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Still doable with cheaper not-so-top-tier tools from player shops.

Instead, I’ve simply lifted the Minecraft branch mining technique and dropped it wholesale into Boundless. A little looking up of resource depths and doing the grid search in the right place has yielded decent amounts of silver, gold, titanium and even the odd rough diamonds.

It’s still probably small potatoes to the established players. The forums are full of concerned veterans worried for the welfare and interest level of newbies who are limited to much less efficient means of resource gain.

Apparently, they have ludicrously enchanted levels of 3×3 AoE tools that mine at super fast speeds and power, so they basically can go through the earth like a bulldozer and dredge up vast quantities in super short periods of time. And then they have regen bombs that can be thrown to regenerate the world and do it all over again.

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Their bases are factories of sheer industry.

Whatever. One will get there when we get there. The journey is more than half the fun.

Case in point, I checked out my first exoworld the other day. These are short-term planets that appear in the sky for limited periods of time (a week or so) and contain resources that can’t be found elsewhere. Usually special block colors among other things. A lot are T7 planets, meant for the elder game players, but conveniently, this new one was only T4, and more accessible to new players. It was also, delightfully, an Aus server planet, so I didn’t have to worry about potentially bad ping.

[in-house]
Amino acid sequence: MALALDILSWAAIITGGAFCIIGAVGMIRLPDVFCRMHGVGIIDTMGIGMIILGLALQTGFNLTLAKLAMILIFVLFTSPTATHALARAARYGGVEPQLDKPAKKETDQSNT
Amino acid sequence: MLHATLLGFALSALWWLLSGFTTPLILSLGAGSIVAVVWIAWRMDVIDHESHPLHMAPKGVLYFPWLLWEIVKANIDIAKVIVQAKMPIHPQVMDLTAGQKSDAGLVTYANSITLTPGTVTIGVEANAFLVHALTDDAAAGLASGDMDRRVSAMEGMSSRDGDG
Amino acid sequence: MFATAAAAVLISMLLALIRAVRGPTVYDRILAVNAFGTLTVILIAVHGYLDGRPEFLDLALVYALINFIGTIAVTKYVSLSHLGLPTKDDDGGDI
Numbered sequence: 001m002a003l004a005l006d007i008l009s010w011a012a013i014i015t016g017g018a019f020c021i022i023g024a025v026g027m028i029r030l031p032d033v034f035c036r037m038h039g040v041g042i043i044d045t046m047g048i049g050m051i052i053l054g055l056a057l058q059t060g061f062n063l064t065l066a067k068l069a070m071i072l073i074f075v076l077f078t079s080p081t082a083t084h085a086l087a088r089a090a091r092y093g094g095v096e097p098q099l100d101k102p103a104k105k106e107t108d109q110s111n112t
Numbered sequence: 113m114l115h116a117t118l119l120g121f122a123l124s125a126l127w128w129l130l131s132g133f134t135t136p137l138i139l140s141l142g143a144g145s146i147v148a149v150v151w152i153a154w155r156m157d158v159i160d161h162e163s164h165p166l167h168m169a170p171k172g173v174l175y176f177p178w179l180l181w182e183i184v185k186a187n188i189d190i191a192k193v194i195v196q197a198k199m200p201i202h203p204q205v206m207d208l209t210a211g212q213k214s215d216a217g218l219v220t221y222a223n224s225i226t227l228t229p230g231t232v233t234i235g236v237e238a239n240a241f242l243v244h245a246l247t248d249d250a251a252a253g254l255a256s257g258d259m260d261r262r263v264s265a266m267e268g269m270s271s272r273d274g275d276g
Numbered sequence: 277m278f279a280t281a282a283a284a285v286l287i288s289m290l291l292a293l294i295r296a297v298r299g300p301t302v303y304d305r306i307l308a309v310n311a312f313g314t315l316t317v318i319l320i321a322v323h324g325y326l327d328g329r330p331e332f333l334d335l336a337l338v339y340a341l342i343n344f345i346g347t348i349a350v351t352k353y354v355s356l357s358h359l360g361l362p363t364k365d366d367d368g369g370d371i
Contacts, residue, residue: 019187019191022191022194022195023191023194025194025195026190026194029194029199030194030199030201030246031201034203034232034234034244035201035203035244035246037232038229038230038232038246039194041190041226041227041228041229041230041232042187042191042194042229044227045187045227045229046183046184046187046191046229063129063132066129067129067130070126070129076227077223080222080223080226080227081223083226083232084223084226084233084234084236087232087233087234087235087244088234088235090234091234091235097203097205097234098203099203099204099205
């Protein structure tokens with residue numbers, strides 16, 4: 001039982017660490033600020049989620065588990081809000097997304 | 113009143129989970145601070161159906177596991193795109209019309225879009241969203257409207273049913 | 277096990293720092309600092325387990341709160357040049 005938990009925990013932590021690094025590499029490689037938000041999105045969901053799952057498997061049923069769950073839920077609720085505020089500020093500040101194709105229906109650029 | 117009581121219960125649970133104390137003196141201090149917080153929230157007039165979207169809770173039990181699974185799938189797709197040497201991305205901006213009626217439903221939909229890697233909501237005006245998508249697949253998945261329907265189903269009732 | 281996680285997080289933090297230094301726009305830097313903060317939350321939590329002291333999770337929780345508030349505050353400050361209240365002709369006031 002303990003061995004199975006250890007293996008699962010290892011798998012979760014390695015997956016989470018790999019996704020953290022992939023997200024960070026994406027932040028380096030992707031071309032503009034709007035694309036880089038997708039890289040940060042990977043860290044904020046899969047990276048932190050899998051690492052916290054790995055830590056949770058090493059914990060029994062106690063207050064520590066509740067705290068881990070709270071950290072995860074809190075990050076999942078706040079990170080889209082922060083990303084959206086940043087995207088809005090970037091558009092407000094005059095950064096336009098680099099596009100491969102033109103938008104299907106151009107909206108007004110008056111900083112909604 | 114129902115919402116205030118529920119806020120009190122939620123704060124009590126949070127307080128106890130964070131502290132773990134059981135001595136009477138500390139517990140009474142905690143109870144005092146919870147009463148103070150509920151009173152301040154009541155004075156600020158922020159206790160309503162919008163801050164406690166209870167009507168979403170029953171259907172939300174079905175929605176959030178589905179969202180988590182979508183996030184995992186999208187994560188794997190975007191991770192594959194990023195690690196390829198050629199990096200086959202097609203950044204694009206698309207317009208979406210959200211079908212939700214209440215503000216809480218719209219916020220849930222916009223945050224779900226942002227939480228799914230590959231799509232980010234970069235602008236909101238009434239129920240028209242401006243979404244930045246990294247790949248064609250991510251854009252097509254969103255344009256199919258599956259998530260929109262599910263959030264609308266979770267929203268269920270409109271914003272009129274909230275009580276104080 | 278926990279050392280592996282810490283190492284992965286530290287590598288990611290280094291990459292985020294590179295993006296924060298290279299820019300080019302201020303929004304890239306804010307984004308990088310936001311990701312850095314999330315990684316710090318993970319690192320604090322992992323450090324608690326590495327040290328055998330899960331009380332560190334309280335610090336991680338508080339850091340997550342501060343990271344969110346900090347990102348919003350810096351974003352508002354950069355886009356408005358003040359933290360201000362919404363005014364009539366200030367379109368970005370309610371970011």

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Traveling to one involves crafting a warp conduit to place on a totem tool. Then you point the totem at the planet in the sky (this one a -crazily- fast ricocheting planet that rebounded around the screen) and hold down left mouse button to mark a landing site.

After which, you craft some cheap warp conduit bricks, stack them on top of each other to create essentially a temporary “portal” or warp gate, and agree to paying the coin cost for warping there – the cost of which depends on the distance traveled.

The cost was about 9-10 times more than usual warp travel on the same planet, and I wasn’t at all sure I knew how to make any profit off it (aka what to keep or who to sell to – I still don’t) but heck, it was an adventure and I could make a gathering run to afford it.

So I went.

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Took plenty of screenshots.